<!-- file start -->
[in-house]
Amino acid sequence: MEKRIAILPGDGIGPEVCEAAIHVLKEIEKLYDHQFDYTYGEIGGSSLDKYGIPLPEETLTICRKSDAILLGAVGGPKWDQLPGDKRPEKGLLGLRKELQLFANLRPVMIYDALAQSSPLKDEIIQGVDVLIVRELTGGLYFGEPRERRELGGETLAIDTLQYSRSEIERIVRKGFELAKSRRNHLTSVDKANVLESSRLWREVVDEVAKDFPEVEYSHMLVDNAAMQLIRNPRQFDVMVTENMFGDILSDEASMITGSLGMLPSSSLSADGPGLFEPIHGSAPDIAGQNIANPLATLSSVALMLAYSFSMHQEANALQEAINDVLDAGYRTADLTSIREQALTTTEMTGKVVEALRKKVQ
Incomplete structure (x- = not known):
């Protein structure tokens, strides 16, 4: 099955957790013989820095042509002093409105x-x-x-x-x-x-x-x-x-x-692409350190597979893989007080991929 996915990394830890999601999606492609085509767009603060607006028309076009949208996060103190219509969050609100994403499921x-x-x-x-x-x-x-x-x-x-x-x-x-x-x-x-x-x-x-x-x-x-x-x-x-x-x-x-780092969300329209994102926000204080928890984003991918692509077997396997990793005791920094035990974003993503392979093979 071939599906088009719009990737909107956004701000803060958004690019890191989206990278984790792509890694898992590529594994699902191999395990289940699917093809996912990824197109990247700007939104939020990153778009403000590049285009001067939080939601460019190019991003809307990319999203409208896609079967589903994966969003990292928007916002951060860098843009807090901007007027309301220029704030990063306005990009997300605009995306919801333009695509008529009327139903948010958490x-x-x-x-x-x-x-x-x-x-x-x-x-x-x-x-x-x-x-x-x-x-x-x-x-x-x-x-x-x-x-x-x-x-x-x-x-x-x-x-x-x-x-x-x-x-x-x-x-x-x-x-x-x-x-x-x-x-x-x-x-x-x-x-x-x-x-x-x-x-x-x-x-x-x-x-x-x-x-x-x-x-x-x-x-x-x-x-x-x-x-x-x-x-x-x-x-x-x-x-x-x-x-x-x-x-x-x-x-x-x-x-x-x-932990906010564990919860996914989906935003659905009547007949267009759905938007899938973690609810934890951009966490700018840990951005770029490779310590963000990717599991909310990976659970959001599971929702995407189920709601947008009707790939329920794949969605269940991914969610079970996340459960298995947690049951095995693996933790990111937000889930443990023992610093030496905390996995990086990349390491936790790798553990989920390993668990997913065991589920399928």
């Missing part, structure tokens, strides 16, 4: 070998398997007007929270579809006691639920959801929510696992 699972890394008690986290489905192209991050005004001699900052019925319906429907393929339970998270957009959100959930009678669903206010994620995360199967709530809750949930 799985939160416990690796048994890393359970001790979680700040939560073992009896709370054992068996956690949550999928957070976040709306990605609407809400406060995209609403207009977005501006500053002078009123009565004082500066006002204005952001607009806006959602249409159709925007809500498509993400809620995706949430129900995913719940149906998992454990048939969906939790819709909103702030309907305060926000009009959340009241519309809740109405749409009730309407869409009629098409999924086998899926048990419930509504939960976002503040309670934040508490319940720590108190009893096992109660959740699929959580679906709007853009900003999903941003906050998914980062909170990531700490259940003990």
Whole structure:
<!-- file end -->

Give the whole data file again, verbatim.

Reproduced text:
[in-house]
Amino acid sequence: MEKRIAILPGDGIGPEVCEAAIHVLKEIEKLYDHQFDYTYGEIGGSSLDKYGIPLPEETLTICRKSDAILLGAVGGPKWDQLPGDKRPEKGLLGLRKELQLFANLRPVMIYDALAQSSPLKDEIIQGVDVLIVRELTGGLYFGEPRERRELGGETLAIDTLQYSRSEIERIVRKGFELAKSRRNHLTSVDKANVLESSRLWREVVDEVAKDFPEVEYSHMLVDNAAMQLIRNPRQFDVMVTENMFGDILSDEASMITGSLGMLPSSSLSADGPGLFEPIHGSAPDIAGQNIANPLATLSSVALMLAYSFSMHQEANALQEAINDVLDAGYRTADLTSIREQALTTTEMTGKVVEALRKKVQ
Incomplete structure (x- = not known):
């Protein structure tokens, strides 16, 4: 099955957790013989820095042509002093409105x-x-x-x-x-x-x-x-x-x-692409350190597979893989007080991929 996915990394830890999601999606492609085509767009603060607006028309076009949208996060103190219509969050609100994403499921x-x-x-x-x-x-x-x-x-x-x-x-x-x-x-x-x-x-x-x-x-x-x-x-x-x-x-x-780092969300329209994102926000204080928890984003991918692509077997396997990793005791920094035990974003993503392979093979 071939599906088009719009990737909107956004701000803060958004690019890191989206990278984790792509890694898992590529594994699902191999395990289940699917093809996912990824197109990247700007939104939020990153778009403000590049285009001067939080939601460019190019991003809307990319999203409208896609079967589903994966969003990292928007916002951060860098843009807090901007007027309301220029704030990063306005990009997300605009995306919801333009695509008529009327139903948010958490x-x-x-x-x-x-x-x-x-x-x-x-x-x-x-x-x-x-x-x-x-x-x-x-x-x-x-x-x-x-x-x-x-x-x-x-x-x-x-x-x-x-x-x-x-x-x-x-x-x-x-x-x-x-x-x-x-x-x-x-x-x-x-x-x-x-x-x-x-x-x-x-x-x-x-x-x-x-x-x-x-x-x-x-x-x-x-x-x-x-x-x-x-x-x-x-x-x-x-x-x-x-x-x-x-x-x-x-x-x-x-x-x-x-932990906010564990919860996914989906935003659905009547007949267009759905938007899938973690609810934890951009966490700018840990951005770029490779310590963000990717599991909310990976659970959001599971929702995407189920709601947008009707790939329920794949969605269940991914969610079970996340459960298995947690049951095995693996933790990111937000889930443990023992610093030496905390996995990086990349390491936790790798553990989920390993668990997913065991589920399928």
């Missing part, structure tokens, strides 16, 4: 070998398997007007929270579809006691639920959801929510696992 699972890394008690986290489905192209991050005004001699900052019925319906429907393929339970998270957009959100959930009678669903206010994620995360199967709530809750949930 799985939160416990690796048994890393359970001790979680700040939560073992009896709370054992068996956690949550999928957070976040709306990605609407809400406060995209609403207009977005501006500053002078009123009565004082500066006002204005952001607009806006959602249409159709925007809500498509993400809620995706949430129900995913719940149906998992454990048939969906939790819709909103702030309907305060926000009009959340009241519309809740109405749409009730309407869409009629098409999924086998899926048990419930509504939960976002503040309670934040508490319940720590108190009893096992109660959740699929959580679906709007853009900003999903941003906050998914980062909170990531700490259940003990």
Whole structure: